Decreasing a Players Time to First Base | Kris Massaro | Softball is For Girls
When I think of game changing skills that can define the momentum of a game I think of speed.
In fact, the term ‘speed kills’ is a very relevant phrase that speaks volumes in a players ability to change the entire outcome of a game. How many games have been won and lost on one stolen base? One past ball, a runner beating out a throw? A runner taking an extra base on a ball hit to the outfield, or a player taking home on a pass ball.
I don’t know the exact percentage, but there’s been many a game that have depended on that one little skill; a fast runner.
I spend a lot of time training speed skills to softball players. There are three different types of runners I experience. The first is the player blessed with great genetics. These are girls that are super quick naturally. I also find that these runners typically have really quirky running form. My thought is that they’re so fast no one has ever corrected them before. The second type of runner is a runner that has average speed but good running mechanics. Average runners tend to make up for what they lack in speed in good form. Lastly there are the runners that are as slow as molasses. They just look like they are barely moving. I actually really like training this type of runner. You can get really good improvements from these players and I love to see big changes bring about confidence in a player.
Softball has a big fascination with player’s times to first.
Don’t get me wrong. It’s incredibly important to have a respectable time to first. So important that it’s measured by every college to determine an overall view of a players speed.
According to “Softball Excellence” the range of times to first ranges as follows; for rightys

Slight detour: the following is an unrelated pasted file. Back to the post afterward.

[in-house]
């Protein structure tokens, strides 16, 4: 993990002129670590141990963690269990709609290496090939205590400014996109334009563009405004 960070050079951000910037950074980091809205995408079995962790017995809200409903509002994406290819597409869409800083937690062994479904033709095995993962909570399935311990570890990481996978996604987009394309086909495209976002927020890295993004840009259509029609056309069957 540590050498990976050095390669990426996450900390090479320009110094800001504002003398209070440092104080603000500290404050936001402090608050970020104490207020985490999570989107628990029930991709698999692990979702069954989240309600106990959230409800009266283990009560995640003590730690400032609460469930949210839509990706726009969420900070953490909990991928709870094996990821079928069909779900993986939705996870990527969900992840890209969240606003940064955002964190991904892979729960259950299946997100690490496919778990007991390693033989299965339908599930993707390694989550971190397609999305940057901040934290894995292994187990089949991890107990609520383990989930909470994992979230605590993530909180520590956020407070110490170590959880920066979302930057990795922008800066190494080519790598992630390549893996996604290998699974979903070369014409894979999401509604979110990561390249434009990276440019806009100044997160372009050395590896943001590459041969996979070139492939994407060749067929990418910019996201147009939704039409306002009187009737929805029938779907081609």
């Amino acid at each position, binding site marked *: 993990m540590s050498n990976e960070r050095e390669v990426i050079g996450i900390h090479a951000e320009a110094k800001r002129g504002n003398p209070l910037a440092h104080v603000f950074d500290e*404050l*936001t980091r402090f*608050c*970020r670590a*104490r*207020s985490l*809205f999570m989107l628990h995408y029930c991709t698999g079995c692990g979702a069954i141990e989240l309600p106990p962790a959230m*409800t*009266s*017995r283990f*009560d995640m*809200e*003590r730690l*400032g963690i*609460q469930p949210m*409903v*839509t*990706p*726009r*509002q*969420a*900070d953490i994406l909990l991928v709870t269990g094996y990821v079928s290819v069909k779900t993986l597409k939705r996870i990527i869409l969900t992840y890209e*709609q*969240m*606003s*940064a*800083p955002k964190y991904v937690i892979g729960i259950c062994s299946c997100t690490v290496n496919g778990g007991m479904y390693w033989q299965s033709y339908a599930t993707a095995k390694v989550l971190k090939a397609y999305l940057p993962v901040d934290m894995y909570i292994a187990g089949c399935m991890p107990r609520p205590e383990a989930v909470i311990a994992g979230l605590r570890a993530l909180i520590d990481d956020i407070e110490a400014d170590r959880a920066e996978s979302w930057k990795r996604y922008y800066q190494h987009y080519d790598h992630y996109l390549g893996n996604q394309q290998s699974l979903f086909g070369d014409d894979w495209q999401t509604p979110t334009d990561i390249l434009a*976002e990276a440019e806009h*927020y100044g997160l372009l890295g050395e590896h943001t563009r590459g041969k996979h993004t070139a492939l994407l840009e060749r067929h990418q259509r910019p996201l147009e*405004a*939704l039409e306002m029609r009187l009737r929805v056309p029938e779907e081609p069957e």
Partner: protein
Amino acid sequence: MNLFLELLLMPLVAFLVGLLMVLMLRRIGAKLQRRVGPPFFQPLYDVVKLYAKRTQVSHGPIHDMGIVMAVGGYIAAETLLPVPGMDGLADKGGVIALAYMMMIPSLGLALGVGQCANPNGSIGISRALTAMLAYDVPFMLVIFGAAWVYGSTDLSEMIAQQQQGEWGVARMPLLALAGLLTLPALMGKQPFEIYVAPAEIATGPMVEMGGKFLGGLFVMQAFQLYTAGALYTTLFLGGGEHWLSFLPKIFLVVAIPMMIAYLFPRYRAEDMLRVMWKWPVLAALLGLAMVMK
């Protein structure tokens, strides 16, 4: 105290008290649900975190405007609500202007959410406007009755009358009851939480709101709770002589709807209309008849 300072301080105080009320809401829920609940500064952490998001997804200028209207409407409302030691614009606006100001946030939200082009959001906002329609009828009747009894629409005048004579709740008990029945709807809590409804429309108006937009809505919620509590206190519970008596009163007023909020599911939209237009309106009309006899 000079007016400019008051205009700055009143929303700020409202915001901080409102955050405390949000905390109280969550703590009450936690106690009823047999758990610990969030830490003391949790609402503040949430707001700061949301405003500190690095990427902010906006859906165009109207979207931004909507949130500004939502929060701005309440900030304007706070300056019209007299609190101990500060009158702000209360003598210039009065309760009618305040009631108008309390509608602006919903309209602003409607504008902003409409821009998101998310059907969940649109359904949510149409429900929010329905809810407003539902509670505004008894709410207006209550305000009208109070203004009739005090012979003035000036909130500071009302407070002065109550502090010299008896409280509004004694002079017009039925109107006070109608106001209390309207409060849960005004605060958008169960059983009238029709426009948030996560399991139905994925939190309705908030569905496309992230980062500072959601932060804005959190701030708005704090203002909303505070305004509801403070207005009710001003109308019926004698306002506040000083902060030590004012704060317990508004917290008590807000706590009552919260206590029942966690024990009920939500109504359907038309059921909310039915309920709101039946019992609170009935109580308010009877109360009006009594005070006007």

From the left side;
Below 2.6- great
So how do you get your players time to first to decrease?
You get your players faster. I know the secret is out. Here’s a good formula to put a visual for runner; start counting players strides to first. For example a 3.0 time is usually an 11-12 stride count. Start challenging runners to bring down their stride count. This will cause them to take larger strides.
The larger stride is a good introduction into decreasing a players time. Once players lessen their stride count, you get them to speed up the larger strides. Pretty soon that 11-12 stride count is a 11-10 stride count and their time drops to 2.9. That’s huge for runners. It’s the difference between being safe and being out.
If they drop it down to 10-9 its 2.8. So your player has suddenly dropped from average to good. I’m definitely simplifying this routine but it works. It seems to take the runner into the mindset of longer and faster. Don’t get me wrong, players need to work on the mandatory speed elements such as;
-sprinting for speed input
-developing strength and power
But this routine really helps. Next time you time your players time to first keep track of their stride count.